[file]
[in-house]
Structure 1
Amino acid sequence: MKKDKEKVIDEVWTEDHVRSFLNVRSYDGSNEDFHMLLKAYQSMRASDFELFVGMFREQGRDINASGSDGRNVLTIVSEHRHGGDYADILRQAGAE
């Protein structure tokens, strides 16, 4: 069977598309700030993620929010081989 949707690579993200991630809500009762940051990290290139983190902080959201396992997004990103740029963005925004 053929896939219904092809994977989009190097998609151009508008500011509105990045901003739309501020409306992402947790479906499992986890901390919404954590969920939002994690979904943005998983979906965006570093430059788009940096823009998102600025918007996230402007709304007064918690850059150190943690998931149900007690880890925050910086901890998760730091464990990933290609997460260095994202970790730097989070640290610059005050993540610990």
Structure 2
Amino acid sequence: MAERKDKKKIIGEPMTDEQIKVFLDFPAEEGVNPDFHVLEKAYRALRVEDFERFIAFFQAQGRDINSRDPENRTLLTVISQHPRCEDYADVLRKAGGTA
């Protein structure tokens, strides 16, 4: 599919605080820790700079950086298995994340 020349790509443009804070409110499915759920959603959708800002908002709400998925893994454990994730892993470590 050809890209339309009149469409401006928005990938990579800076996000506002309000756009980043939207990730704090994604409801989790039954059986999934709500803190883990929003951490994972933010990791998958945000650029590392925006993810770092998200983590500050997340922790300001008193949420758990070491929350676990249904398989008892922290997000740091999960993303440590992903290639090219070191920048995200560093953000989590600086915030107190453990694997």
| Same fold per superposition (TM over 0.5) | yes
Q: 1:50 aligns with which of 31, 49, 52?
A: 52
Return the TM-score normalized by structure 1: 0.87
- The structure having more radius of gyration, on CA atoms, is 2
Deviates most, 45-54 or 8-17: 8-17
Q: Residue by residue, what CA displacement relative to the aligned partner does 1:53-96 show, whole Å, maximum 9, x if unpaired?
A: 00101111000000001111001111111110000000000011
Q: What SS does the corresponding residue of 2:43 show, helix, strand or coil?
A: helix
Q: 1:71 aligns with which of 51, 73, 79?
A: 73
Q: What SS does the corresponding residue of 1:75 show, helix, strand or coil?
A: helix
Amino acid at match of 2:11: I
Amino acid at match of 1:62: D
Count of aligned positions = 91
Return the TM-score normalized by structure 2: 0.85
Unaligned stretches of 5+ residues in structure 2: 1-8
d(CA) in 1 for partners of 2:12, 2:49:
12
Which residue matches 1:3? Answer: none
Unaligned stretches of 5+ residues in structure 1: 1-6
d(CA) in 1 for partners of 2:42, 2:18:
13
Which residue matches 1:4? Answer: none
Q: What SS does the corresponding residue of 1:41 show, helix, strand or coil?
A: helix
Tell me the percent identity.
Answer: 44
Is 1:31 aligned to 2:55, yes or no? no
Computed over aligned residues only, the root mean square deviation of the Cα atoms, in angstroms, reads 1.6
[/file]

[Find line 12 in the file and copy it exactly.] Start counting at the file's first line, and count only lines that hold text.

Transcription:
- The structure having more radius of gyration, on CA atoms, is 2